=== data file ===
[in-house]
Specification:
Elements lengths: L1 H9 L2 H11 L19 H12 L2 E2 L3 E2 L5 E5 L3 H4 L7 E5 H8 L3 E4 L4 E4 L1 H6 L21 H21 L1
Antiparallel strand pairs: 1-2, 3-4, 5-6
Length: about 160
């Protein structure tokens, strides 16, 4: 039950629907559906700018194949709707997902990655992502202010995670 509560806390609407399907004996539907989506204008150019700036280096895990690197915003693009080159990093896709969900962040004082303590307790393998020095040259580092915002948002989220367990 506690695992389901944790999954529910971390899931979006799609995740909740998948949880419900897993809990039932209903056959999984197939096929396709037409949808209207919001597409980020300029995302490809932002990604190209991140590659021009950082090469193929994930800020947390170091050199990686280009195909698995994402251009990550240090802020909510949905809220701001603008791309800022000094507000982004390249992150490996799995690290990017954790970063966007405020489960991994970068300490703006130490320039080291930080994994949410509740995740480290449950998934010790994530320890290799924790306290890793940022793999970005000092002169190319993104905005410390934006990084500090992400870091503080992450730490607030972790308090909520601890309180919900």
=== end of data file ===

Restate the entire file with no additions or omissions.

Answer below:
[in-house]
Specification:
Elements lengths: L1 H9 L2 H11 L19 H12 L2 E2 L3 E2 L5 E5 L3 H4 L7 E5 H8 L3 E4 L4 E4 L1 H6 L21 H21 L1
Antiparallel strand pairs: 1-2, 3-4, 5-6
Length: about 160
């Protein structure tokens, strides 16, 4: 039950629907559906700018194949709707997902990655992502202010995670 509560806390609407399907004996539907989506204008150019700036280096895990690197915003693009080159990093896709969900962040004082303590307790393998020095040259580092915002948002989220367990 506690695992389901944790999954529910971390899931979006799609995740909740998948949880419900897993809990039932209903056959999984197939096929396709037409949808209207919001597409980020300029995302490809932002990604190209991140590659021009950082090469193929994930800020947390170091050199990686280009195909698995994402251009990550240090802020909510949905809220701001603008791309800022000094507000982004390249992150490996799995690290990017954790970063966007405020489960991994970068300490703006130490320039080291930080994994949410509740995740480290449950998934010790994530320890290799924790306290890793940022793999970005000092002169190319993104905005410390934006990084500090992400870091503080992450730490607030972790308090909520601890309180919900």